We had not seen any hummingbirds at our cottage at Grand Lac
des Cèdres all summer. We even thought
about taking down the feeder. But
suddenly, there they were - a male, a female, and possibly a young one too.
Today I paddled the section of river from LastDuelPark
to the Tay Wildlife Reserve and back. After leaving Perth, the route is mostly wild.I
encountered an unusual number of Great Blue Herons, a few Green Herons, and
even an American Bittern. It is
surprising at how wary these birds are of the mostly silent canoe. It is very difficult to take photos from a
canoe in even the slightest breeze, so I have little evidence to show.
Friend Stew Hamill told us that this was a good place to
find Least Bitterns, if we went early.
Well, I guess is early
enough, because we had multiple sightings of one as it responded to the taped
call by jumping up fro the reeds for brief looks. There was no chance at all for a photo. It's quite an interesting area, accessible
only by canoe. The abundance of Black
Terns was a pleasant surprise. There
were several Mallard and Wood Duck families and one Pied-billed Grebe with
young. Barbara also spotted a water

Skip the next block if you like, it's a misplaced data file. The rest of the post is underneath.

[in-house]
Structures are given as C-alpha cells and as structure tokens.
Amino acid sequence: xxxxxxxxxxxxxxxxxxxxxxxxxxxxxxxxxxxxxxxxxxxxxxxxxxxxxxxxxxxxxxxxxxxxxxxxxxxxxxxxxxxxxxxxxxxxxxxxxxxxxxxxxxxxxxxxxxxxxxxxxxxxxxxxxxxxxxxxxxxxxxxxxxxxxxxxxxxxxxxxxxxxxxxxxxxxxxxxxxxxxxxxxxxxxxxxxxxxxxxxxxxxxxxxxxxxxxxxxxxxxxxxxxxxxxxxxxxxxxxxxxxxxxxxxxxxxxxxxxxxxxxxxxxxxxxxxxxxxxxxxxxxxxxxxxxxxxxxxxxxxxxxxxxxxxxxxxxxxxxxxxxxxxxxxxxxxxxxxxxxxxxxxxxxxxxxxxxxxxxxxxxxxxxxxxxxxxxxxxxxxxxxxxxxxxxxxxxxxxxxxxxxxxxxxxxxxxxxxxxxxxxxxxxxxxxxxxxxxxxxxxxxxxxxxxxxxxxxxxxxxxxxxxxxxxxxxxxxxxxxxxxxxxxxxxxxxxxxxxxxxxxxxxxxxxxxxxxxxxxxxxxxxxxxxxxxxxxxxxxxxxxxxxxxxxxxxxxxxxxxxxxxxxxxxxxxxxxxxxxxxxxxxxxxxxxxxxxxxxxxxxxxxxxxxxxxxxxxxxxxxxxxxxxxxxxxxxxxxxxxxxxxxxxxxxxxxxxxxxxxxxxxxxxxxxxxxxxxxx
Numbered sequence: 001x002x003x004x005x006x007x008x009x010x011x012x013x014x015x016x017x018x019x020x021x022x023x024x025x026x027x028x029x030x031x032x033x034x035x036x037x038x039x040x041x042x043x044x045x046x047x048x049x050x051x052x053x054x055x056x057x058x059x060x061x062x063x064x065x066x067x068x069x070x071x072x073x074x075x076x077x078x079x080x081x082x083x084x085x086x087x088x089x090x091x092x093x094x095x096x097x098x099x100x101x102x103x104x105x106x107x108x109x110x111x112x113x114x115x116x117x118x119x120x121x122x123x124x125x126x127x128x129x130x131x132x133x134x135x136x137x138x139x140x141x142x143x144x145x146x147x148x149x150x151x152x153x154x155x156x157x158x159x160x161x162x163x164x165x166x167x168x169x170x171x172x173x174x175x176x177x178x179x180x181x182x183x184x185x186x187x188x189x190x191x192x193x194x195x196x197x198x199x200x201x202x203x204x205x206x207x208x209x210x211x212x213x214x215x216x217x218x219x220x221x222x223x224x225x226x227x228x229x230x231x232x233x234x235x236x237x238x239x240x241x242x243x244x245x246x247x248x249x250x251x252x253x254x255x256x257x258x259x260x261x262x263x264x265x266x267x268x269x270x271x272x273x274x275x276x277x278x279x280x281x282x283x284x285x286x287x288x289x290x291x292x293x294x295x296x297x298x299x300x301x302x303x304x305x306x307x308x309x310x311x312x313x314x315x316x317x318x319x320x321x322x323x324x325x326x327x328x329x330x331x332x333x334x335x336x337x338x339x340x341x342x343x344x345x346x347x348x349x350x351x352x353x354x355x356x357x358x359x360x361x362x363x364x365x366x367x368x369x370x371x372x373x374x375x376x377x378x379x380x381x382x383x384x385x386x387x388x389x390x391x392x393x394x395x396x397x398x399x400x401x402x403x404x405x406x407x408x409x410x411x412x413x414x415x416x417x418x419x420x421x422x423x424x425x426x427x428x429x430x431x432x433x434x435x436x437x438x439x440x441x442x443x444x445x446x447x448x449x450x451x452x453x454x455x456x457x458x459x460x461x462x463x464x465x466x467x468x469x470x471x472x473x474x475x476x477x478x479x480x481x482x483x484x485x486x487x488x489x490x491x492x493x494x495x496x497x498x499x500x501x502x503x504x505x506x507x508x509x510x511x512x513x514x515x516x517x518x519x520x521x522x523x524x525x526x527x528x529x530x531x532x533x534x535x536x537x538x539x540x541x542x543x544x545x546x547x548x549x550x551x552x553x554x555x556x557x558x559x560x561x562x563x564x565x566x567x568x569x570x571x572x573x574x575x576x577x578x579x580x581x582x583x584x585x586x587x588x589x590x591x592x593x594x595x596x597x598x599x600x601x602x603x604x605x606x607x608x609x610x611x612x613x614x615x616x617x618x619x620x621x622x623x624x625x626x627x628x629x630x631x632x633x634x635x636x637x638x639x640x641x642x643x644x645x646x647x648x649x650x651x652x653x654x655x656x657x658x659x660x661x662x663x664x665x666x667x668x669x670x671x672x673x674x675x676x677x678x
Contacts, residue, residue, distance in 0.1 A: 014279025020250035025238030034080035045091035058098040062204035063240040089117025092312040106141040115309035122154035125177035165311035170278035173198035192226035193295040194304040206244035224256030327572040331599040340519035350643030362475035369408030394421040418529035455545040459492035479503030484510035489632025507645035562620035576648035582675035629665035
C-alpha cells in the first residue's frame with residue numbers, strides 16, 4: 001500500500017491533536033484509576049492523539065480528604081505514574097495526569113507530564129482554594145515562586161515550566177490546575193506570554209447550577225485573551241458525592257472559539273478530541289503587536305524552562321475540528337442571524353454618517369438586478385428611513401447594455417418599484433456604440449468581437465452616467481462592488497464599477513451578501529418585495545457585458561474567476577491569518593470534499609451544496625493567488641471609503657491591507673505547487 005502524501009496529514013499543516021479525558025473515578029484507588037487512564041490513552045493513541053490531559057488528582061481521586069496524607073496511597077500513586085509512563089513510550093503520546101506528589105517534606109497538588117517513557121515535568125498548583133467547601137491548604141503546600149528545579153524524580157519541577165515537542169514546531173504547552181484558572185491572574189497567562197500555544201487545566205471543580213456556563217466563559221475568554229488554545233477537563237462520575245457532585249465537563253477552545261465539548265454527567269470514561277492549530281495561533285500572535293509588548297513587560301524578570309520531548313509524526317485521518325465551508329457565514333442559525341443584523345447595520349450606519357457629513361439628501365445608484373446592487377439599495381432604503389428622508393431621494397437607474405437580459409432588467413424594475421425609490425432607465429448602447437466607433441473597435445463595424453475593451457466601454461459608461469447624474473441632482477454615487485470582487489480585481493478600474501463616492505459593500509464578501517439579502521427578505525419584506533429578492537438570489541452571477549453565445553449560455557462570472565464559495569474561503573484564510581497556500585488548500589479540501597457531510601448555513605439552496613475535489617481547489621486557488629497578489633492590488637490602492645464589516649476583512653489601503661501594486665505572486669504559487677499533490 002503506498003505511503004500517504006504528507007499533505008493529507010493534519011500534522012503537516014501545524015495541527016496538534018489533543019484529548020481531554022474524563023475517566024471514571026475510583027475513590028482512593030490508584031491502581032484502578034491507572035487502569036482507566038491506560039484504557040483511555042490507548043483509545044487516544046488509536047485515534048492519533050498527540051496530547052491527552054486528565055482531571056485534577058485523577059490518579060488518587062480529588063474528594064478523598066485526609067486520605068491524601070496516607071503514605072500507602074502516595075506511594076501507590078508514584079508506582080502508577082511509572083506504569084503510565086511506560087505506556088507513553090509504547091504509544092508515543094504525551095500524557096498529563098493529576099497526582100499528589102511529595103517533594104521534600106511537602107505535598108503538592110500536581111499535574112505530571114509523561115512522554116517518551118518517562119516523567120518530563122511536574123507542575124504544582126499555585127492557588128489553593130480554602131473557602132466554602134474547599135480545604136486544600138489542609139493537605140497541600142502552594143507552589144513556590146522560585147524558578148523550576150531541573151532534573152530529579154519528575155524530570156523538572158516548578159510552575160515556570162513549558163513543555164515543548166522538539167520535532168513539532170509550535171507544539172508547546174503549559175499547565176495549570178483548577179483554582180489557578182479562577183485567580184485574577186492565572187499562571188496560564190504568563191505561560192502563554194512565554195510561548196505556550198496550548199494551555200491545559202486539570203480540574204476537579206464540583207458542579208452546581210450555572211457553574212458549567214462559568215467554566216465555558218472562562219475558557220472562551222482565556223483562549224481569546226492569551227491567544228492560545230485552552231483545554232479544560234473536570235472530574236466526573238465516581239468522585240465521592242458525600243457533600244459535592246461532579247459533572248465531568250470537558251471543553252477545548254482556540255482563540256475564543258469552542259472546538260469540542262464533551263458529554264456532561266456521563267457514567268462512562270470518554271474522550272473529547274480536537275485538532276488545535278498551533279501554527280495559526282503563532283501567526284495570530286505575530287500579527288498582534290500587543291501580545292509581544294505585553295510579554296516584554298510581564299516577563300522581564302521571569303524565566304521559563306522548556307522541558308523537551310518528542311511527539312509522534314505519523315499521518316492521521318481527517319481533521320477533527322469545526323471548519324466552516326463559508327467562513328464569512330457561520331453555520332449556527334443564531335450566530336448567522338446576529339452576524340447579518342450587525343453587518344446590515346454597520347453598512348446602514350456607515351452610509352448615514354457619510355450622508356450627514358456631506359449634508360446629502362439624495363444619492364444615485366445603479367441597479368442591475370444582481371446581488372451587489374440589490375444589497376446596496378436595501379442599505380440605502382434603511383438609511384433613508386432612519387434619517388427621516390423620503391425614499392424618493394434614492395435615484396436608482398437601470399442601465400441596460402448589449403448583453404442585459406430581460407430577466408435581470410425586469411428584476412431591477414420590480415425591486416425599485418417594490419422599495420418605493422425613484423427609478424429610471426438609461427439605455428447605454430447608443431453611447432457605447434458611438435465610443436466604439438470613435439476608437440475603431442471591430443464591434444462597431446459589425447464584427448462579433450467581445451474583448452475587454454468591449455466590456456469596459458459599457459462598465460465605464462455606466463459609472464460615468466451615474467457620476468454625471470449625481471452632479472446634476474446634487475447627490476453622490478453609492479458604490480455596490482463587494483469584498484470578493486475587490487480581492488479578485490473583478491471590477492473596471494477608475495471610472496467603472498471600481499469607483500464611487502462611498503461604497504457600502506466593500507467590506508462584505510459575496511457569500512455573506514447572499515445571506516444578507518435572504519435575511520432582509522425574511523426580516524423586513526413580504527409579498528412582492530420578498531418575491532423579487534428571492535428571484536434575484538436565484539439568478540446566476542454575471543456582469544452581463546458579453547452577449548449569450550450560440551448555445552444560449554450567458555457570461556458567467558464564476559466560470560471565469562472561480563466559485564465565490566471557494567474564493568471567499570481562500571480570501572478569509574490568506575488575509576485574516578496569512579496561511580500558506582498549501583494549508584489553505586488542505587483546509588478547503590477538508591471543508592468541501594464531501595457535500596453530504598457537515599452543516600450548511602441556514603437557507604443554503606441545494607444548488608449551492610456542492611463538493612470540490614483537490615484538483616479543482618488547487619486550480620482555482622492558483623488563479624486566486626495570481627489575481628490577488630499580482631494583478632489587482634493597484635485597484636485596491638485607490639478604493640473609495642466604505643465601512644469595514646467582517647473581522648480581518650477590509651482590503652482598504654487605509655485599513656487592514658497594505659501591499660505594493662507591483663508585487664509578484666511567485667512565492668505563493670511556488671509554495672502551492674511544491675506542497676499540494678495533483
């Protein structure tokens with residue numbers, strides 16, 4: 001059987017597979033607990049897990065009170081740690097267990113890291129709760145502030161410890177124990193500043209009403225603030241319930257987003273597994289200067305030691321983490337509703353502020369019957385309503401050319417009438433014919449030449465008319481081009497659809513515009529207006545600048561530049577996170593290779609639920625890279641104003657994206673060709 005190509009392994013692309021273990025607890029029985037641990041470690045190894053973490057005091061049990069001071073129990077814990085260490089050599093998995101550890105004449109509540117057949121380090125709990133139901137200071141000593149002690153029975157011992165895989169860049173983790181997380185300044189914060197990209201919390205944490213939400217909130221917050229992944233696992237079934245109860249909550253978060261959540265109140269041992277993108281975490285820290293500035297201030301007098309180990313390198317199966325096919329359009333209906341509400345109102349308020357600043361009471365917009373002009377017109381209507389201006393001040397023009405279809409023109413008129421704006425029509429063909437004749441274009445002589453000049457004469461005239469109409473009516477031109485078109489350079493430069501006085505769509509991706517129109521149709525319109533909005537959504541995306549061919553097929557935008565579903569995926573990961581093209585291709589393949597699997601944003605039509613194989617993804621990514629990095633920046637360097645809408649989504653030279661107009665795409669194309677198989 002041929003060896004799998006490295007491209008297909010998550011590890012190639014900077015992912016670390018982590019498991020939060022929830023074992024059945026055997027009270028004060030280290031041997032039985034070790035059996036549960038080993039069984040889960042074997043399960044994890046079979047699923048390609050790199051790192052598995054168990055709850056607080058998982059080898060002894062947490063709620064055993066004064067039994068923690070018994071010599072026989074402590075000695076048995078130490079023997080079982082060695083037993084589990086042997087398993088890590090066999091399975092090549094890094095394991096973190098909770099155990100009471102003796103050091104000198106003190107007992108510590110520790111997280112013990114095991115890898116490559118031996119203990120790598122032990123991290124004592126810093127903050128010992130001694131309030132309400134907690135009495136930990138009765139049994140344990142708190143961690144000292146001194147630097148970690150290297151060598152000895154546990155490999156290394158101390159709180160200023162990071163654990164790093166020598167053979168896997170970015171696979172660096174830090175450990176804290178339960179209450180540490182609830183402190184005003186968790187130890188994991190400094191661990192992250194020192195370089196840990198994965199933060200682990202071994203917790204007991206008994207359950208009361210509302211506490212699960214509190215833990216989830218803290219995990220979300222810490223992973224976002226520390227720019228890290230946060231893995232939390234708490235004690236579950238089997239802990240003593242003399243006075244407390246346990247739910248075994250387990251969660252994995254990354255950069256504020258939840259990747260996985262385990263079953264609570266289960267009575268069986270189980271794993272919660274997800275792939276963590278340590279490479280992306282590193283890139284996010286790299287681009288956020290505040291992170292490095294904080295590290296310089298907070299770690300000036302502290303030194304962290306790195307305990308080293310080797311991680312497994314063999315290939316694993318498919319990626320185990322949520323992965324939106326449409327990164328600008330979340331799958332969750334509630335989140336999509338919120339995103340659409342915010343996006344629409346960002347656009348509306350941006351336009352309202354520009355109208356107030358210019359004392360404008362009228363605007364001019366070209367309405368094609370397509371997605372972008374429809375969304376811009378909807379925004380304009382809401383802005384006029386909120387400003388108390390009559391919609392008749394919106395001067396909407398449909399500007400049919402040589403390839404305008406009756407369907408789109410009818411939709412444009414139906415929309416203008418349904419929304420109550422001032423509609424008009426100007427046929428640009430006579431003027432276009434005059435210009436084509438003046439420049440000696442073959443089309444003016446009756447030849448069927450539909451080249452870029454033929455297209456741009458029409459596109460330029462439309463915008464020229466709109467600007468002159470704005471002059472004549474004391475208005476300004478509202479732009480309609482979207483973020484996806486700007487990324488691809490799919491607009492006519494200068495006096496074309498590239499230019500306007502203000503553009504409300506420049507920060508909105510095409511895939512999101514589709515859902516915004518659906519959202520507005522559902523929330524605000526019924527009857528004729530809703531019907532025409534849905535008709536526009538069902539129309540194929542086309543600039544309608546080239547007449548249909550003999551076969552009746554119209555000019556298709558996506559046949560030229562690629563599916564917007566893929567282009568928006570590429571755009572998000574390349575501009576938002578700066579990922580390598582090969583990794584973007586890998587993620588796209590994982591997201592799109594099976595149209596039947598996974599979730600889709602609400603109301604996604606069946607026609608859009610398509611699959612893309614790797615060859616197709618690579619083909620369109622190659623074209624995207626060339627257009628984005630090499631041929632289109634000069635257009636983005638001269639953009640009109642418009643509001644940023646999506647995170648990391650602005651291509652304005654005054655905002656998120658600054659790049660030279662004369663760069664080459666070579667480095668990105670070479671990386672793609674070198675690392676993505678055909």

snake and some interesting dragon flies.
Today we have Judith, Sue, Lorraine,
Rick ,Tony, Nina and me.
We went to ShirleysBay and hiked out onto the
dike. The mosquitoes on the hike in were
rather fierce. The water level was not as low as we had hoped, so shorebirds
were scarce. We did see three Great
Egrets. We went next to Richmond
Lagoons, then to Burnside and finally to TrailRoad/Cambrian
Today there are Gary & Sue,
Lorraine, Tony & Nina and me. We spent a good amount of time walking around
both parts of AndrewHaydonPark seeking out young birds. We went for coffee, then out to Richmond Area
and beyond. We came back via Burnside
pit, then went to Shirley's Bay checking both the river and adjacent roads.
We finally finished our last section of the Pontiac &
Pacific Junction bike trail. We went
from Wyman to Shawville and return, having finished the farther away sections
in previous years. We managed to cover
the 37 km distance, which is quite a feat considering all the stops we do for
birding. The birds along the remote
trail have never seen a birder, let alone heard a taped call. The Magnolia Warbler was a highlight.
When we finished we decided to take the Quyon Ferry to Ontario
and come home through Dunrobin. This
yielded the last 8 species on our list.